Vehicle Defect Increases Risk of Serious Atlanta Accidents

According to Express News, a family was recently awarded $124.5 million in compensation because their seven-year-old son suffered severe brain damage while riding in the family’s Audi. The vehicle was rear-ended and the front seat collapsed backward. This caused the head of the driver to strike the head of his son, who was sitting in the seat directly behind the driver’s seat. The seven-year-old boy sustained a depressed skull fracture and was left partially blind and paralyzed. He requires full-time medical care as a result of the severity of his injuries. Atlanta defective product injury

Both Audi and the driver who rear-ended the family vehicle were found responsible, but Audi was considered to be the most at fault because of the problem with the vehicle that resulted in the seat collapsing to the back.

In situations where there is a defect in a vehicle that causes or contributes to an injury, car makers can be held liable under strict liability rules, even without proving negligence. An Atlanta defective product lawyer can help victims to pursue a case for compensation from car manufacturers and from other manufacturers of defective products.

Serious Atlanta Accident Injuries Can Result from Vehicle Defects

The fact that the Audi seat collapsed backwards was not an isolated incident. A news investigation revealed that both the front driver’s seat and the front passenger’s seat can do this when a rear-end accident happens. The occupants of the seats in the front are launched backwards into the occupants in the rear of the vehicle when this occurs.

An engineer for Audi who was deposed in the case indicated that the seat design which prompts the seats to collapse backward was not accidental, but was intentional. The design of the car seats requires the person in the back seat to essentially support the person in the front seat with his knees. The attorneys for Audi and for other car makers indicate that this design, in which seats collapse backwards, is a good thing because the seats are able to absorb the impact of the crash and protect the driver and the front passenger. Unfortunately, if a child is in the back seat of the car and an adult in the front seat is launched backwards, the child can be hurt.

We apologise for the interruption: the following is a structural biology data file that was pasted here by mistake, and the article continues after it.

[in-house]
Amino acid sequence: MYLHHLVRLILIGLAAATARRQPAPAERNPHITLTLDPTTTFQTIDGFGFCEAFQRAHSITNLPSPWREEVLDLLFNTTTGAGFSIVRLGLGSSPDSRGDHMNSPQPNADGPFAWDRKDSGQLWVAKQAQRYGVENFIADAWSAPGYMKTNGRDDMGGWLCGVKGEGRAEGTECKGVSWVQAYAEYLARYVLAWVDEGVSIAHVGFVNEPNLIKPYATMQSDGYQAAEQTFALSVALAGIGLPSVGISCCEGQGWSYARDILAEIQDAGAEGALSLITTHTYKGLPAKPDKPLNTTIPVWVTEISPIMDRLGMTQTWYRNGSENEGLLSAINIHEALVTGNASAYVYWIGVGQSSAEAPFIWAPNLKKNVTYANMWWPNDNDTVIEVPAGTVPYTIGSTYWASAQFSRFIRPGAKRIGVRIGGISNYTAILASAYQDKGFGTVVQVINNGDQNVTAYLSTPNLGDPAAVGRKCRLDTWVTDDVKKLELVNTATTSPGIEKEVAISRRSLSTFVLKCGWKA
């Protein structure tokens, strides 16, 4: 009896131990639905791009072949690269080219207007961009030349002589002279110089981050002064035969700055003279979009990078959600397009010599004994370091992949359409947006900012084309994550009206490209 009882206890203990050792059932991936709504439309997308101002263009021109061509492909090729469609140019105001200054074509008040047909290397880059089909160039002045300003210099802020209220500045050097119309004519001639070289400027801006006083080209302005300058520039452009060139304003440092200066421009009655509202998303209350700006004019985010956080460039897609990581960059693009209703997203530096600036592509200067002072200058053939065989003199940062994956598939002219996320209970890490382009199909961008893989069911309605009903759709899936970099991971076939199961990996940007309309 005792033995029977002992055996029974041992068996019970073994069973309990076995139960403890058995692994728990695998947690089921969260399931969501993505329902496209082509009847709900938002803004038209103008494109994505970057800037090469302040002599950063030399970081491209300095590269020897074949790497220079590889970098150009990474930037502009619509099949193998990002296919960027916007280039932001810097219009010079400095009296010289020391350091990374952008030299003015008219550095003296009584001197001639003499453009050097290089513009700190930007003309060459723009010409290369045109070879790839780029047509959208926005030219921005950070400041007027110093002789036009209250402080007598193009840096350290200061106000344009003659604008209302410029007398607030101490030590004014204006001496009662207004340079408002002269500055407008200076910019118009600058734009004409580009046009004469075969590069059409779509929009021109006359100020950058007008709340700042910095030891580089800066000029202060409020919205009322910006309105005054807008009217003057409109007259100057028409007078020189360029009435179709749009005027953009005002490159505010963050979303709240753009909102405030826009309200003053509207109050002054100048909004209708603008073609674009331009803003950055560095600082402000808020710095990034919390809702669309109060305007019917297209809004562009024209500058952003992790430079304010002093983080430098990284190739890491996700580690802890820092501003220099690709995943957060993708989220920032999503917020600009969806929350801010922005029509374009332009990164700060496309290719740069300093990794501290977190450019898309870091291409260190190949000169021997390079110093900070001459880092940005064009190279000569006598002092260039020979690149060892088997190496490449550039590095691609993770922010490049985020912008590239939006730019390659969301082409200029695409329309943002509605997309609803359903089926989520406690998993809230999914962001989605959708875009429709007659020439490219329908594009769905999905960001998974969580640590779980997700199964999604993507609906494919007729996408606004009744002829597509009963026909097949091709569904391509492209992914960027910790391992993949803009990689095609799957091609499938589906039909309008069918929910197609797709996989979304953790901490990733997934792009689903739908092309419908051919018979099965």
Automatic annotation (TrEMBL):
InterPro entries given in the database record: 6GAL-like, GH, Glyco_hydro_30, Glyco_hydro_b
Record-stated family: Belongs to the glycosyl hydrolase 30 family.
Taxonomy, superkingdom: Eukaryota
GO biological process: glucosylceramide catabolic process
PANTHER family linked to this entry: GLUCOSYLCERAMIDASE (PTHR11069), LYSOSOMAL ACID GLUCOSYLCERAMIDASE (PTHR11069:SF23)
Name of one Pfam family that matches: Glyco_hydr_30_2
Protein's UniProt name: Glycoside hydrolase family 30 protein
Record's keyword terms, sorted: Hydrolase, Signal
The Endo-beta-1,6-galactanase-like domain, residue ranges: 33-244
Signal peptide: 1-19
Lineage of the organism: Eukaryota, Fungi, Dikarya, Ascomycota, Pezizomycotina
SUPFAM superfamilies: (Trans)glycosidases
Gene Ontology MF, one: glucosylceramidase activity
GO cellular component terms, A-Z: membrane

The Audi seats met or exceeded the federal requirements as far as strength and other safety standards, but despite this, Audi was still held accountable. The National Highway Traffic Safety Administration (NHTSA) and other car manufacturers have also allegedly been aware of the propensity for the seat backs to collapse for decades.  Despite this, the jury determined that Audi should be held accountable for the injuries sustained in this crash because they found it to be a vehicle defect that led to the child being left paralyzed.

NTHSA indicates that the types of rear-end collisions causing this type of seat collapse are unlikely to occur, which is why no action has been taken to change the seat design. One 2008 study, however, found that children who were in the back seat of a car could end up facing twice the risk of injury in the event that a front seat collapses when the car is rear-ended. Parents need to be aware of this fluke in car design and should consider pursuing a case for damages if their child is hurt in a rear-end crash.

The Atlanta injury lawyers at Sammons & Carpenter, P.C. can represent victims after an accidental injury. Call today at (404) 814-8949 or contact us online to schedule your free consultation.